My personal values align closely with the NCCP core principles and ethical standards of behaviour. I believe that the ultimate purpose of sport is to contribute to the mental and physical well-being and the ultimate success of the individual on their chosen path. Moreover, athletes and coaching must be ambassadors for the sport in their behaviour both in and outside of the sporting context. If sport is not contributing to those outcomes in the athletes that I coach or our behaviour is not worthy of ambassadorship on behalf of the sport, then I have failed in my responsibilities. As long as I am prioritizing the safety and health of the athletes, understanding and respecting the authority that comes with my role as a coach, conducting my relationships with the utmost integrity and transparency, and treating both athletes and the sport with the utmost respect and inspiring that respect in them, I will be a successful and ethical coach.
My coaching philosophy is built on six pillars, each of which support my mission statement. This philosophy guides every interaction with my athletes, colleagues, and stakeholders. I encourage these individuals to speak up when they feel that I have made a decision that does not align with this philosophy. My philosophy is expressed through the following six statements:
My coaching is inclusive. There is nothing more important in sport than the person within the athlete. My coaching environment is inclusive for athletes, regardless of their race, ethnicity, religion, sexuality, or gender identity. An athlete cannot be successful if they do not understand that they are safe in my coaching environment.
My coaching is athlete-centred. Every decision is made by placing the outcomes that will affect the athlete at the centre of the decision-making process. This includes decisions regarding my personal development or the development of the program at large. If an outcome that is best for the program or for me personally but is incongruous with the best interests of the athlete, then the decision and the parameters therein must be re-examined.
My coaching matches the athlete’s passion. While it is my responsibility to inspire a shared vision with my athletes, I cannot create passion for the sport or motivation to succeed. I can only show them the path for them to act on their passion and achieve success. For my own well-being as well as the overall success of our program, I cannot be more invested in an athlete’s success than they are themselves. However, I am committed to maintaining an inclusive environment for athletes at different stages of their long-term development and will always match their passion.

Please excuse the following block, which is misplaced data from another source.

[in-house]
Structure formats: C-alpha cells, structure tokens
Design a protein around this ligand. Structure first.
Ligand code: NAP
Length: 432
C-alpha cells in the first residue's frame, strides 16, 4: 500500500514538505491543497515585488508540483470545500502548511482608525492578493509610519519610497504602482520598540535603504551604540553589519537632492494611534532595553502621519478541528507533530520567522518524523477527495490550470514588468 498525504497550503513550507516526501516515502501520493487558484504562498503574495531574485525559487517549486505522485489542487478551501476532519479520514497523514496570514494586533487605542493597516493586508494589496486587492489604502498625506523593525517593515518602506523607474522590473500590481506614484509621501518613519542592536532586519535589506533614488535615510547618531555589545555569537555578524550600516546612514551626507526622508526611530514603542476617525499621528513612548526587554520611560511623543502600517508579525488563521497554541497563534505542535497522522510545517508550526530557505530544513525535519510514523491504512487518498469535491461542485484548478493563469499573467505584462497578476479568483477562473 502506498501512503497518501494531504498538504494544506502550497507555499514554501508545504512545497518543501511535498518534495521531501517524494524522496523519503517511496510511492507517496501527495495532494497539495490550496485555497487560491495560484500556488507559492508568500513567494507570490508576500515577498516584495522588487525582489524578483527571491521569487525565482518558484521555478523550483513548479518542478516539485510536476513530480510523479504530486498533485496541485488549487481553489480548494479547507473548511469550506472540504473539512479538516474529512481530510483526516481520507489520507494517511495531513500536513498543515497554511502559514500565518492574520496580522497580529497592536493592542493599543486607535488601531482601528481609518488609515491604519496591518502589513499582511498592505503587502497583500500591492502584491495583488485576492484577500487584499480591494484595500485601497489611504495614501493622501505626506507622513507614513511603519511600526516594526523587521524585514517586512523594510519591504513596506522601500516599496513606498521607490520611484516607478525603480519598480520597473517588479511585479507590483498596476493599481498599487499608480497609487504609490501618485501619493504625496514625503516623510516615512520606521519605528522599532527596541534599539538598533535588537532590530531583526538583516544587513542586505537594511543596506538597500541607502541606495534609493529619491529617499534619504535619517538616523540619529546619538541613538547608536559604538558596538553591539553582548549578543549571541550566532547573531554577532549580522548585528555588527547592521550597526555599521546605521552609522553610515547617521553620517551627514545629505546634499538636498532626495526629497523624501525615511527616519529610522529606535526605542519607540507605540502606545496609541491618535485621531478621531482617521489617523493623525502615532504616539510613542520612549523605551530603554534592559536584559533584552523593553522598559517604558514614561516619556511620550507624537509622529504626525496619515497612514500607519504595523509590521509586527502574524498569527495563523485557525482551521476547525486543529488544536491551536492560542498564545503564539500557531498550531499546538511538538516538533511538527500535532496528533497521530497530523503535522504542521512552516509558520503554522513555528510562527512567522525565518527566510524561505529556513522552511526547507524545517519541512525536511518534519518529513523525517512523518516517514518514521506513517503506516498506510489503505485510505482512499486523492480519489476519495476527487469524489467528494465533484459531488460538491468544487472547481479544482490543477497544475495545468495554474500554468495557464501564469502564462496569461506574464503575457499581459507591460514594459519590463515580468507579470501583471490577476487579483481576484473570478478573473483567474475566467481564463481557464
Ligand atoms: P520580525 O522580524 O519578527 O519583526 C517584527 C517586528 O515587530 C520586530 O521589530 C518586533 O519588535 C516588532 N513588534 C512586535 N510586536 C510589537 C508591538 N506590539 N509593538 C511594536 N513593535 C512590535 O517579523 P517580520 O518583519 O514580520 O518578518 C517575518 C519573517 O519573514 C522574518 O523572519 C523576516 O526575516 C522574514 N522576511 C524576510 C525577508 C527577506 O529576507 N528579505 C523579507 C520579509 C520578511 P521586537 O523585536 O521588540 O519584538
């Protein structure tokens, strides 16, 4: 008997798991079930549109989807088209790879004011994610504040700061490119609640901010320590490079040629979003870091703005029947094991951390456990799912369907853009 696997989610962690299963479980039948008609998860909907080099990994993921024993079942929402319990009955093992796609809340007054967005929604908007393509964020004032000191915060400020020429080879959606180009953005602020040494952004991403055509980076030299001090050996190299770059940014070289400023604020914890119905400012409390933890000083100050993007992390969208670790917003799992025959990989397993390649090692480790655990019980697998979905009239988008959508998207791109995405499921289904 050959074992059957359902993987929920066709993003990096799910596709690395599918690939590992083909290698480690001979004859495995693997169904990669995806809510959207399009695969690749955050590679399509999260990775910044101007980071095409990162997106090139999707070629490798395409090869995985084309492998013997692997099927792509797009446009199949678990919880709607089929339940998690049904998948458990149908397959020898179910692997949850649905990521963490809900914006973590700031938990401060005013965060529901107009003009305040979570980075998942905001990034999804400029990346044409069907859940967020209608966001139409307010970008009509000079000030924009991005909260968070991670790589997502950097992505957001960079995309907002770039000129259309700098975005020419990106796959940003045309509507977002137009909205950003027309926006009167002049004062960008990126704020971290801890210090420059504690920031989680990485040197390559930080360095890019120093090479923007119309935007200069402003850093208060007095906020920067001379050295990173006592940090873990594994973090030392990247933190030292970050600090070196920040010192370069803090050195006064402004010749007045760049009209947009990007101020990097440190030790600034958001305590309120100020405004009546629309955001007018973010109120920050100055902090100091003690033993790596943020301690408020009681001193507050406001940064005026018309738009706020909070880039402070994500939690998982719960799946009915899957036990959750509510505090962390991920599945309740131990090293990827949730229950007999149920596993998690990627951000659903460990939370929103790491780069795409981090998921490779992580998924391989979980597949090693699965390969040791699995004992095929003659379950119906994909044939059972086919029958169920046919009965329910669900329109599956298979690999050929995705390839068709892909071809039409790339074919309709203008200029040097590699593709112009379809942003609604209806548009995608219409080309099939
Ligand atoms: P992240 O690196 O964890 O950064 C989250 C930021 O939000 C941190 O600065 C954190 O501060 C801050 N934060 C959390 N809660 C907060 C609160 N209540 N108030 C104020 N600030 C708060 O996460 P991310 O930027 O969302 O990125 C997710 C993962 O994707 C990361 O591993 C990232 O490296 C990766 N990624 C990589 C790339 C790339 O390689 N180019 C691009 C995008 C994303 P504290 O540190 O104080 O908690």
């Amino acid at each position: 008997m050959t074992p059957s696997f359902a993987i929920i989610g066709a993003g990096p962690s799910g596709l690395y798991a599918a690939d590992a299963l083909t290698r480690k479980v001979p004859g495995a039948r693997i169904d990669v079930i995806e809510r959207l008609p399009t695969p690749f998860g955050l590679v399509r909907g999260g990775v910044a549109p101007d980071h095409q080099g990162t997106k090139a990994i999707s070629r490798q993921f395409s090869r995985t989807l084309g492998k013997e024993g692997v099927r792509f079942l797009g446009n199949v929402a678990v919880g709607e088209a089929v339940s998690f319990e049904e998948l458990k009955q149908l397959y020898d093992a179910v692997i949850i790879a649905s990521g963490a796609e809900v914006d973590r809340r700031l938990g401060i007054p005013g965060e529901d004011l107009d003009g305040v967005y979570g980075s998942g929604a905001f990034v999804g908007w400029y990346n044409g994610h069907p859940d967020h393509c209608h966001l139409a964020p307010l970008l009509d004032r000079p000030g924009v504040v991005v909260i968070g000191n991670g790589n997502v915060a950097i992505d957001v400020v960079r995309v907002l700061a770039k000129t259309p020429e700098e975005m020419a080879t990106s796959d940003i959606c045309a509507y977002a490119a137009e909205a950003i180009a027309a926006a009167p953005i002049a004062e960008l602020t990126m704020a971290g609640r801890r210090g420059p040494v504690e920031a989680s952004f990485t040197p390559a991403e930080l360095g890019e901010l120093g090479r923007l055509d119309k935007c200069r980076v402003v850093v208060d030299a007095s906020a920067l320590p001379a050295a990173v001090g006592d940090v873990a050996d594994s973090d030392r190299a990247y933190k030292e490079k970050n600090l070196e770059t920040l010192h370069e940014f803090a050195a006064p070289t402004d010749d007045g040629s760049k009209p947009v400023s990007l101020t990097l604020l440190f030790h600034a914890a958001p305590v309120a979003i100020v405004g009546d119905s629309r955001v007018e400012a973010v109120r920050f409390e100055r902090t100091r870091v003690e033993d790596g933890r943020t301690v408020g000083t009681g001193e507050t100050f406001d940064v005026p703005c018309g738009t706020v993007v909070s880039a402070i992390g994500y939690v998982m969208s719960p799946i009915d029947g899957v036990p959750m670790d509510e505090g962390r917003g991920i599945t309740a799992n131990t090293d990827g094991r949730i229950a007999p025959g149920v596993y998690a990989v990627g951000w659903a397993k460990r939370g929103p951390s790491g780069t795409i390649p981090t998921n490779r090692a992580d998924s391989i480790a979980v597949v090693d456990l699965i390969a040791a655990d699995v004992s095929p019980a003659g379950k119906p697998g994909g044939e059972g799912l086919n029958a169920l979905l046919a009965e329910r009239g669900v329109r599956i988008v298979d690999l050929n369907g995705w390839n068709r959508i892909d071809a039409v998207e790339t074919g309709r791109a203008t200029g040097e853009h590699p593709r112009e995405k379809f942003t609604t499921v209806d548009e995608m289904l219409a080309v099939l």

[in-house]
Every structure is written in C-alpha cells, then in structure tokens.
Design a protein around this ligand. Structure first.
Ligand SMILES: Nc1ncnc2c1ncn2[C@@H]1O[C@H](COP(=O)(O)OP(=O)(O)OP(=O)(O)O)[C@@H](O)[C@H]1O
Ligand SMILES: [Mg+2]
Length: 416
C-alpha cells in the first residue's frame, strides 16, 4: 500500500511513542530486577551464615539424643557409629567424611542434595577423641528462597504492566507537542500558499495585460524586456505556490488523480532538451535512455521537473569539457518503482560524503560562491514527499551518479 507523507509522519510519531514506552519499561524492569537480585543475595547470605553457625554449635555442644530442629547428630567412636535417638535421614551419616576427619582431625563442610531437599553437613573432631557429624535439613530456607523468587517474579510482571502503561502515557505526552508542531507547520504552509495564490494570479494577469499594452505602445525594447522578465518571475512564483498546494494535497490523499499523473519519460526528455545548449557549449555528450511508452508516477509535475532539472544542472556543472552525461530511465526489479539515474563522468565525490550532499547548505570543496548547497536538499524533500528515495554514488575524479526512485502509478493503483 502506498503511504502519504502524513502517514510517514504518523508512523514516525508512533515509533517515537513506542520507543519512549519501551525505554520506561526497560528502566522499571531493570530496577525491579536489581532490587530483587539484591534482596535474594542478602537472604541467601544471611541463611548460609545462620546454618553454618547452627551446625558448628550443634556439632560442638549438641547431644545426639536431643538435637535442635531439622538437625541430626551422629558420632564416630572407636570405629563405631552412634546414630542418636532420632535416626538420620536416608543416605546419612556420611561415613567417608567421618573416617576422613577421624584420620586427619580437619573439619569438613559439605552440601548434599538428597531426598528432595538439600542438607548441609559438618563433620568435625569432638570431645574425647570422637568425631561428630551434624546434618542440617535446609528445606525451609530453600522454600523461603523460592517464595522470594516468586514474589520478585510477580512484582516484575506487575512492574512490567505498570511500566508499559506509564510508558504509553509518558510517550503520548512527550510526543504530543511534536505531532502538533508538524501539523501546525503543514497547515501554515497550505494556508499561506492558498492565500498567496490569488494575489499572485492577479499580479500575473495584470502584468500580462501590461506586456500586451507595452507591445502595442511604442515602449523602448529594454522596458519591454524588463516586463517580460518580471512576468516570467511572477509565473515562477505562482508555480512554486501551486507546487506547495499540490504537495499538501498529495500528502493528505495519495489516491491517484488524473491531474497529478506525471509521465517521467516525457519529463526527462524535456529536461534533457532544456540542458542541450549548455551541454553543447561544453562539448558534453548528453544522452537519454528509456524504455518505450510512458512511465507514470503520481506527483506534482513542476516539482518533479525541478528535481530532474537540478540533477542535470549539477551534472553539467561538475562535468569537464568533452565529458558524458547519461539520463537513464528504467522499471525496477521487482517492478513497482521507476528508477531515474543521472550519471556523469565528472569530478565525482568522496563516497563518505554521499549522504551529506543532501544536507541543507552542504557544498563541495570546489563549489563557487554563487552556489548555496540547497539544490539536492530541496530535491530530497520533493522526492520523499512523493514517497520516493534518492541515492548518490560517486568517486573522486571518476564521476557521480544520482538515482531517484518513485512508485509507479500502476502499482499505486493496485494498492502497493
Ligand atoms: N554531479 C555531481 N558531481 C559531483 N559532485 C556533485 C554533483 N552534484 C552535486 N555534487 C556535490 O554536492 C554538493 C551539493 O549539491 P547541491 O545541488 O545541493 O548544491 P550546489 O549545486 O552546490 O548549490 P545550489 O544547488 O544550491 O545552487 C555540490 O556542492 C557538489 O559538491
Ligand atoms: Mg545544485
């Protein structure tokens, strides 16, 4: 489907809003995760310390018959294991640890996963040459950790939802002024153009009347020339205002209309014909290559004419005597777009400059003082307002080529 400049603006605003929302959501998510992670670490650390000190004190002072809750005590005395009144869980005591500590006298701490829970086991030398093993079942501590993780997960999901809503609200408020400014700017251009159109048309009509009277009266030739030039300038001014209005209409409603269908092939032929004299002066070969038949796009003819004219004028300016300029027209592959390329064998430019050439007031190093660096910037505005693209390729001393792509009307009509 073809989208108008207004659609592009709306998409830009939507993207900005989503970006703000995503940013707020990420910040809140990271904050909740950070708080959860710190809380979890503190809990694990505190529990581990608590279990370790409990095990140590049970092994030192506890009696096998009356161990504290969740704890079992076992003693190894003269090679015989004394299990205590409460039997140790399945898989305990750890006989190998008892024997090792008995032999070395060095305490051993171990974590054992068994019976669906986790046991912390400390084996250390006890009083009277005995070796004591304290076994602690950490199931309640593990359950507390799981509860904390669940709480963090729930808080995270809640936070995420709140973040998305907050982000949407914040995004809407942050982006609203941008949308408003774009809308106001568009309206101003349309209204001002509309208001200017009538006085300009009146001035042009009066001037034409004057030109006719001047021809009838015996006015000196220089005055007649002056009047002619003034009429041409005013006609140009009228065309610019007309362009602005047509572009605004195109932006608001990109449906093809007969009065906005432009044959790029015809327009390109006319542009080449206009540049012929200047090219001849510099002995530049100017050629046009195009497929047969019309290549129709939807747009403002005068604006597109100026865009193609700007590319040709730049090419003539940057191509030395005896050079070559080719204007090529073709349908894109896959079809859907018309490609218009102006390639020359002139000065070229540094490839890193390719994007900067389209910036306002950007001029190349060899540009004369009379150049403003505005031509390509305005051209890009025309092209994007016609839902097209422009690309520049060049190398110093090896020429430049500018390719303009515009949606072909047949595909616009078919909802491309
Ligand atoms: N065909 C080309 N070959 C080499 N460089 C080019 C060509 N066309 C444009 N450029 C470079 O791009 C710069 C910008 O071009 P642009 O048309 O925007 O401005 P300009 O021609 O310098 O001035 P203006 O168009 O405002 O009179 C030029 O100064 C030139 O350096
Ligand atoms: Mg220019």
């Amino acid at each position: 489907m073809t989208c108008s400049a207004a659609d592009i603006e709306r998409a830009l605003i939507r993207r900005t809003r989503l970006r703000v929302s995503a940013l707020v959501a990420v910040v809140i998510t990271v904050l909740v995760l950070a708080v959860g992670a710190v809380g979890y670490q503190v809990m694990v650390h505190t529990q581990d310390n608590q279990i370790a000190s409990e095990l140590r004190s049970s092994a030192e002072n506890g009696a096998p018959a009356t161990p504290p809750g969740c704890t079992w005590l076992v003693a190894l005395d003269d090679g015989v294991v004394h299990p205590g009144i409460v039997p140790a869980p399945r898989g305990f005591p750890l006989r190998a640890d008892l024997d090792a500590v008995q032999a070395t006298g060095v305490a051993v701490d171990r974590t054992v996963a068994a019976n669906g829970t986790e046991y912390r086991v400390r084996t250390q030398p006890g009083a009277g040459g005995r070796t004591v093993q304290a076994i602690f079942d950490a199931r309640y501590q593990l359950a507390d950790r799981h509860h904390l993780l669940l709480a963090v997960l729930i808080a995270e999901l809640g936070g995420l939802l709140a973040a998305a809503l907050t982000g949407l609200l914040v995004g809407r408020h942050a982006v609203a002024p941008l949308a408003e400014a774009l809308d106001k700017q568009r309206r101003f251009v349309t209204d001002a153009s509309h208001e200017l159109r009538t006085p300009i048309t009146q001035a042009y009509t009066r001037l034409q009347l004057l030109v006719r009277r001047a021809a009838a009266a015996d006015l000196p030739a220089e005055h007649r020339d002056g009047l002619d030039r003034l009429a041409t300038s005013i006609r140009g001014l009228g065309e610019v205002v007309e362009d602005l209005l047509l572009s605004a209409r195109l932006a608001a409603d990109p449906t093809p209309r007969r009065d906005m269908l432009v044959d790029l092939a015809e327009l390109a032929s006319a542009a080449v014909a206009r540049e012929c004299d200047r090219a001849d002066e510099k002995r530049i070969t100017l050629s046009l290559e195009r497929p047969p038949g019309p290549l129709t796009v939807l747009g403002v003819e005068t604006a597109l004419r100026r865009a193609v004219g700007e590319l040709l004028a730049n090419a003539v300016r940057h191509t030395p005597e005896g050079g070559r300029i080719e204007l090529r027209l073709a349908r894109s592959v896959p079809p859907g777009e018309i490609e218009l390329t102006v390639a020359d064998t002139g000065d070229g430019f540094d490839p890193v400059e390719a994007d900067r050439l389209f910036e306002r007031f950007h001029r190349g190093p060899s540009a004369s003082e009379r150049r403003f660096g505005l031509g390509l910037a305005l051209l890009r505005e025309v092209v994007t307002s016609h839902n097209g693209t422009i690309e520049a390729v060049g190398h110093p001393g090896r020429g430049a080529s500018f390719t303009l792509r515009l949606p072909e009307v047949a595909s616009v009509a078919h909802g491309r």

My coaching prioritizes values over rules. I value sport because it contributes to the ultimate success of the person in their chosen endeavours. My coaching decisions and interactions reflect that value. I do not want to train athletes to follow my instructions because I said so. I want to teach athletes to identify their own values and buy in to the collective values of the program and regulate their own behaviour accordingly.
My coaching walks the talk. In my interactions with athletes, colleagues and stakeholders, it is crucial that I never ask them to do something that I would not do myself. If I am asking for their patience, it is because I have demonstrated patience. If I am asking for their perseverance, it is because I have persevered in service of their success. I am confident in my ability to elicit peak performance if the athletes understand that I am working just as hard to facilitate their success as they are working to achieve it.
My coaching is driven by life-long learning. In the same way that sport requires an athlete to push themselves to improve, coaches must continue to improve. If I am to “walk the talk” and be the resource that pushes my athletes to success, I must continue to learn and improve my coaching practice throughout my career. As soon as I allow my own development to stagnate, it’s only a matter of time before I am no longer a useful resource for the athletes that I coach.